Art of Jewelry traversed from Ancient to Modern India

The history of jewelry in ancient India is rich and diverse, spanning thousands of years and reflecting the cultural, social, and religious practices of different civilizations. India has a long jewellery history, which has gone through various changes via cultural influence and politics for more than 5,000–8,000 years. Because India had an abundant supply of […]

The history of jewelry in ancient India is rich and diverse, spanning thousands of years and reflecting the cultural, social, and religious practices of different civilizations.

India has a long jewellery history, which has gone through various changes via cultural influence and politics for more than 5,000–8,000 years. Because India had an abundant supply of precious metals and gems, it prospered financially through export and exchange with other countries. While European traditions were heavily influenced by waxing and waning empires, India enjoyed a continuous development of art forms for some 5,000 years. One of the first to start jewellery making were the peoples of the Indus Valley civilization.

By 1500 BC, the peoples of the Indus Valley were creating gold earrings and necklaces, bead necklaces, and metallic bangles. Before 2100 BC, prior to the period when metals were widely used, the largest jewellery trade in the Indus Valley region was the bead trade. Beads in the Indus Valley were made using simple techniques. First, a bead maker would need a rough stone, which would be bought from an eastern stone trader. The stone would then be placed into a hot oven where it would be heated until it turned deep red, a colour highly prized by people of the Indus Valley. The red stone would then be chipped to the right size and a hole bored through it with primitive drills. The beads were then polished. Some beads were also painted with designs. This art form was often passed down through the family. Children of bead makers often learned how to work beads from a young age. Each stone had its own characteristics related to Hinduism.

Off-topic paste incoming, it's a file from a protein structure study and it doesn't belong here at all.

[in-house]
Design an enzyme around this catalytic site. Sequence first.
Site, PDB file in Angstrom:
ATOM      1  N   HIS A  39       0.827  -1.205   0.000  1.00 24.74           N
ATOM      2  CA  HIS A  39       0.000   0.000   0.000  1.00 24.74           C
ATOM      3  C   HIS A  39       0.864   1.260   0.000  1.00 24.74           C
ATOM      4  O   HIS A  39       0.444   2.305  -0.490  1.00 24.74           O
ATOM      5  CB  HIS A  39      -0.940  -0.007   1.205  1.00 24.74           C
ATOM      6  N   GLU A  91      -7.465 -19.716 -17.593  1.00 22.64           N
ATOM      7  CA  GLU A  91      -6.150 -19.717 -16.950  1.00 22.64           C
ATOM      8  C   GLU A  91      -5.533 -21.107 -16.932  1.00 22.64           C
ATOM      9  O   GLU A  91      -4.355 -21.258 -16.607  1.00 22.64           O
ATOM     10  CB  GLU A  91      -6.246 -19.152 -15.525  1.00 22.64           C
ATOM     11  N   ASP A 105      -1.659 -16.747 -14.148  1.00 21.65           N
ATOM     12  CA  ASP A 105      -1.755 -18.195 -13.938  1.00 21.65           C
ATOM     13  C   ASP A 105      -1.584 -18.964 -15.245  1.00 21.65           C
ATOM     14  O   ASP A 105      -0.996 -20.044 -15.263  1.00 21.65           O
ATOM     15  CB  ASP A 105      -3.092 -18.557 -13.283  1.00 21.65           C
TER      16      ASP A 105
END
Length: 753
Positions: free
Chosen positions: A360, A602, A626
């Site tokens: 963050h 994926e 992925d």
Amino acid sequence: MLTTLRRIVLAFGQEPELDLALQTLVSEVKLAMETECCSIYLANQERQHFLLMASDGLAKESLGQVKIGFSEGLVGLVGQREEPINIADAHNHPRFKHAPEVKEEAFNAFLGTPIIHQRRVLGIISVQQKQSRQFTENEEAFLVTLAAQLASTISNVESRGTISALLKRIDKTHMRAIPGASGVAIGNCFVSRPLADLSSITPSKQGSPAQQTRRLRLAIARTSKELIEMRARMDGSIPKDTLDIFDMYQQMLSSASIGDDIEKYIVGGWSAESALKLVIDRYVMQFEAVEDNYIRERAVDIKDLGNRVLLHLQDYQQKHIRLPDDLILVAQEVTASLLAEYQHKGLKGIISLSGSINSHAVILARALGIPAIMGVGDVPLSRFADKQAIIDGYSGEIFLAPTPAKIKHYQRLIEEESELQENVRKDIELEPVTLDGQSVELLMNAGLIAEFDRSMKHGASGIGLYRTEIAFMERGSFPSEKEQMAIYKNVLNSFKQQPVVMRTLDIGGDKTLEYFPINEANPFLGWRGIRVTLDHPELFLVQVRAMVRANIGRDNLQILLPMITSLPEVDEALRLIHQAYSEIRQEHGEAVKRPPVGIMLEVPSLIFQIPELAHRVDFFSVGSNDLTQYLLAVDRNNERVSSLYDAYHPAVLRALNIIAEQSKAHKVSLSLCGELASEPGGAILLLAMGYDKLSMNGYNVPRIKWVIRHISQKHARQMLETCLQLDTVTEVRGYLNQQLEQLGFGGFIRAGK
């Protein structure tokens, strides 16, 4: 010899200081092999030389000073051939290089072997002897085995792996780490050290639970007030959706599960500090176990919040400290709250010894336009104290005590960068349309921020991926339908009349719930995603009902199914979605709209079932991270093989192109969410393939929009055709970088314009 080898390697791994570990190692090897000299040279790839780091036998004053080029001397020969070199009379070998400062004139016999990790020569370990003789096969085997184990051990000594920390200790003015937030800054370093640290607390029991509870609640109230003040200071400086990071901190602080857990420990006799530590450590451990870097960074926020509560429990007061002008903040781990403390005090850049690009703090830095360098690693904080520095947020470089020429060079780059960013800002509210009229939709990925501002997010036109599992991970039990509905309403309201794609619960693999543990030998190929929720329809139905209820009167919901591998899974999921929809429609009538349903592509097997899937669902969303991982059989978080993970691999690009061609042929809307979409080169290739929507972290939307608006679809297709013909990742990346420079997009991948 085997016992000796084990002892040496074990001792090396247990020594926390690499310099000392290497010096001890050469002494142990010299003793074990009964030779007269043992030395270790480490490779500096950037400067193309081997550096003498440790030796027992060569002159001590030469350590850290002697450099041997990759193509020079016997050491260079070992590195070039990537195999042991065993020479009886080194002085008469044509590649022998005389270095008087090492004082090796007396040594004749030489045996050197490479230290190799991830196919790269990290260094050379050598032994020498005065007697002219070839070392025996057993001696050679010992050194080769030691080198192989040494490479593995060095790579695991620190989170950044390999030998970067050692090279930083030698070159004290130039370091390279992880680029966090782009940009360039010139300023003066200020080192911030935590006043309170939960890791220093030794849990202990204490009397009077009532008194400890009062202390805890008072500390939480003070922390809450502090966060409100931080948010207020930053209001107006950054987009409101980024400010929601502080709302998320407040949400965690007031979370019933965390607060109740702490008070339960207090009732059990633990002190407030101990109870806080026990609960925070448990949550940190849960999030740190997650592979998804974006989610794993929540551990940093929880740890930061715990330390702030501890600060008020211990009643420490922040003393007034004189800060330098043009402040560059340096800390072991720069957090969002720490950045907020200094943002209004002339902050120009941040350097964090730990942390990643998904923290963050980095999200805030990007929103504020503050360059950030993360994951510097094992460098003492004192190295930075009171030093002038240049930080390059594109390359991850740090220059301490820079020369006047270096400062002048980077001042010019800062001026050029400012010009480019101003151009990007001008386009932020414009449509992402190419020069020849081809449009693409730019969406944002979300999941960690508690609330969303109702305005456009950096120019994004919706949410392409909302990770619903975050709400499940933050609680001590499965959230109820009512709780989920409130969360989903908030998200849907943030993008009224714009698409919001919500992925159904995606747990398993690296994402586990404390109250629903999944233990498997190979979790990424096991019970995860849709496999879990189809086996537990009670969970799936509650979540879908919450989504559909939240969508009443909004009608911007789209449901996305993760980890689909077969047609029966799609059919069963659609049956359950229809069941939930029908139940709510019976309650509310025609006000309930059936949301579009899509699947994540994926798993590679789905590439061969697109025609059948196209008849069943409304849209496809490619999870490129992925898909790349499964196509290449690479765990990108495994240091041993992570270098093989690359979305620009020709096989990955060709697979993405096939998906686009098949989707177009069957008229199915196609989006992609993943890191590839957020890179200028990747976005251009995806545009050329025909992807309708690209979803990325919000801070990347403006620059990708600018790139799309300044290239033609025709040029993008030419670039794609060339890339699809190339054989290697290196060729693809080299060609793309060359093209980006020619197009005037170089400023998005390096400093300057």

Jewellery in the Indus Valley Civilization was worn predominantly by females, who wore numerous clay or shell bracelets on their wrists. They were often shaped like doughnuts and painted black. Over time, clay bangles were discarded for more durable ones. In present-day India, bangles are made out of metal or glass. Other pieces that women frequently wore were thin bands of gold that would be worn on the forehead, earrings, primitive brooches, chokers, and gold rings. Although women wore jewellery the most, some men in the Indus Valley wore beads. Small beads were often crafted to be placed in men and women’s hair. The beads were about one millimetre long.